Turning 40 really hasn’t given me occasion or need to contemplate what it means to be 40 or to engage in “am I where I wanted to be” cogitation. I’m neither terribly excited by nor terribly concerned with this ‘milestone.’ As I was walking to the gym today, however, I did realize that it is kind of fun to think of life in ten year chunks: even decades; nice, smooth, easily contemplated blocks of time.
So I thought back to March 7, 1997, and asked myself what has changed in my life in that period, and what has happened to me with or without my consent or effort. Much of what came to me isn’t my doing alone, much of it is something we’ve done as a couple. But since it’s my birthday, and for the sake of convenience, I’ll speak in the first person. In no particular order, here’s what occurs to me:
- two-time father of little spunky girls (OK, this one does come first for a reason)
- purchased three homes, sold two, and rehabbed one (and am still recovering from that)
- went from a dead-end job working for Wash U’s libraries (great boss, great immediate coworkers–some still friends to this day–but crappy pay and no challenges whatsoever) to looking back on a resume where I’ve worked for three different large academic libraries and have something one could actually describe as a career path
- spent a fabulous year with the love of my life in Germany, doing good work, but really living the high life in the best damn city on the planet
- over the decade, took something like 10-12 trips to Europe, some for business, some for pleasure, some for both–but always digging the being there part (hate, hate, hate the flight each and every time) and learning to feel normal and completely at ease in any German context
- in 1997 I played hockey and still longed to return to the rugby pitch; in the meantime I came to my senses and now engage in lifetime sports such as cycling and speedskating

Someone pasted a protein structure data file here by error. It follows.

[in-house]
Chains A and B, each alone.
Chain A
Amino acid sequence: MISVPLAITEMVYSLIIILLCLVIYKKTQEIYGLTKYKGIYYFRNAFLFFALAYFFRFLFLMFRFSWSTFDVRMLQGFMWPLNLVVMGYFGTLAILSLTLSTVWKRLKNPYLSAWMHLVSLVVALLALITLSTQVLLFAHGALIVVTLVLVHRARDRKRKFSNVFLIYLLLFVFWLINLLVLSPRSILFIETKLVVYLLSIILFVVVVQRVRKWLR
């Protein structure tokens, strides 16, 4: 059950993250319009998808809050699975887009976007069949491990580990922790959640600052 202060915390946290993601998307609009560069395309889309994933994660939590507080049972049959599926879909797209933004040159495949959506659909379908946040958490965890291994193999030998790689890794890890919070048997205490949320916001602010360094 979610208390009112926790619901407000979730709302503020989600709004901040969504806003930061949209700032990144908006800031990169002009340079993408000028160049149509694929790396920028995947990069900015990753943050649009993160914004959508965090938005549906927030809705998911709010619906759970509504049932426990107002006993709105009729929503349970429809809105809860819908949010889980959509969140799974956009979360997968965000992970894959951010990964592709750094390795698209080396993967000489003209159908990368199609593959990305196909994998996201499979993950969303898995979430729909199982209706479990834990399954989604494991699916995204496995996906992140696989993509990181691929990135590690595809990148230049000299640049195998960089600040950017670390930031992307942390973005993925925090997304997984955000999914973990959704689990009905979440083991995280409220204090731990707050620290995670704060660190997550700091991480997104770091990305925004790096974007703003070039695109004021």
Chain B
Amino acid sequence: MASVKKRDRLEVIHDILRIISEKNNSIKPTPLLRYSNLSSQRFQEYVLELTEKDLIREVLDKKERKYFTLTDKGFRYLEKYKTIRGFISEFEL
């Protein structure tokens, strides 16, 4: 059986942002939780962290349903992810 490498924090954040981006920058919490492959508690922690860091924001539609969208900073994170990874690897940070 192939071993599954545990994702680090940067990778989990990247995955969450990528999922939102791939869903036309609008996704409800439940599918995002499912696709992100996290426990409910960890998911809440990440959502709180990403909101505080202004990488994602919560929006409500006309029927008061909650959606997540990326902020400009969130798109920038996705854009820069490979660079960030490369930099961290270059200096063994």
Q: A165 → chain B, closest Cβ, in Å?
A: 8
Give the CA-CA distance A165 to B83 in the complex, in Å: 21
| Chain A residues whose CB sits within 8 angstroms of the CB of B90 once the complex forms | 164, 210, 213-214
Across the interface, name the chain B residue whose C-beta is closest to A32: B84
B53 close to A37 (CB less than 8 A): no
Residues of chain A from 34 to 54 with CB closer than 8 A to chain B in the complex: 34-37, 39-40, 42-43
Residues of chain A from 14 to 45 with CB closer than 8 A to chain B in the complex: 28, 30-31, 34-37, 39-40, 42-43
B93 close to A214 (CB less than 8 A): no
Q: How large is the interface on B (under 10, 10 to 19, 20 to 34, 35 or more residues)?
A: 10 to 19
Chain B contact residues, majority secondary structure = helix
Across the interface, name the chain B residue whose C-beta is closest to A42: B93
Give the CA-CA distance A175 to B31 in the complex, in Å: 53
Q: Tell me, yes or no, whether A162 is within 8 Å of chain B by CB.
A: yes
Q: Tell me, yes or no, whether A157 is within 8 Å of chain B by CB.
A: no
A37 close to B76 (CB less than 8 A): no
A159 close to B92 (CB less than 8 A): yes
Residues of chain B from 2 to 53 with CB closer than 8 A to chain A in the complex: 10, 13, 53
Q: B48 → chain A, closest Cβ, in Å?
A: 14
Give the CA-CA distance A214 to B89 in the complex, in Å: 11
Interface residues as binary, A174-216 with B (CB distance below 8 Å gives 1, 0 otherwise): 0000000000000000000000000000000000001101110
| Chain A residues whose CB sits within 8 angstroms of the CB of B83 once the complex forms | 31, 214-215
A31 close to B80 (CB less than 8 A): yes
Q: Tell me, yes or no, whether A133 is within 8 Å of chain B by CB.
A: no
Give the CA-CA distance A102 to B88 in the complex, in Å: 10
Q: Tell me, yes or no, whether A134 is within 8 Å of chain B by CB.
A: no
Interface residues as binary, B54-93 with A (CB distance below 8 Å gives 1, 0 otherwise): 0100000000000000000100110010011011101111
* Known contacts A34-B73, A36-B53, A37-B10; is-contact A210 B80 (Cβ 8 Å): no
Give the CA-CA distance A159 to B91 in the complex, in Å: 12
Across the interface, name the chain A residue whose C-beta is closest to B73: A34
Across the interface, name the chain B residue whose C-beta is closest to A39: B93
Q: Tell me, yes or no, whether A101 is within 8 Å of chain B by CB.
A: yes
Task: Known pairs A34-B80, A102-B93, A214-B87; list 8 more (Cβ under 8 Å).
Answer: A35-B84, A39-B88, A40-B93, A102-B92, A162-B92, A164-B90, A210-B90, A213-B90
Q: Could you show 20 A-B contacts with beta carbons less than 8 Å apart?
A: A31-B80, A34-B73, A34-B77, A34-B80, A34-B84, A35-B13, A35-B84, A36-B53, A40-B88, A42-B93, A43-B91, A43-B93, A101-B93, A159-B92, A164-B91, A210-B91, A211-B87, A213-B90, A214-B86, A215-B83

- haven’t gained an ounce, lost significantly more hair, or given up the ghost on being a fit and active person
- had more adventures than I can even remember: canyoneering in Utah, the best ski days of my life, snowboarding down singletrack trails with Kenning like some sort of idiot, getting hauled out of a climbing area in Illinois on a backboard (may have been pre-1997, but, hey, it was a serious blow to the head), riding multiple centuries, running the fastest 5K of my life (I will never, ever beat 19:06, guaranteed), skating 120K in Austria before literally falling over from nerve damage (I will do the 200 before I die), volunteering as an interpreter at the 2002 Winter Games and meeting every speedskater I’ve ever wanted to meet, etc.
What’s funny, and really exciting, is that as I look forward to the next decade, I’m nothing but excited about what I’ll look back upon at 50. In some ways, I feel that I’ve arrived at a point in my life where I know who I am, what I want, and how to get those things. I used to waste a great deal of time on fantasies and pursuits that did little or nothing for me as a person (see: playing hockey); it was grand fun, and I wouldn’t change a thing, but now I’m in a place where I have a certain stability, perspective, and, gasp, maturity, to know both my limitations and my capabilities. When I say I will skate the 200K, I mean it and know what it takes to get it done. I’d bet the house I’ll do it before 50, and anyone who likes a celebration should plan to be in Weissensee or Kuopio to see the fireworks when I cross the line. Professionally, I feel like my best years are ahead of me. Personally, I’ve achieved most everything one could want–love and family–and now it’s about taking part in the lives of two girls whom I know will make me proud. I feel good.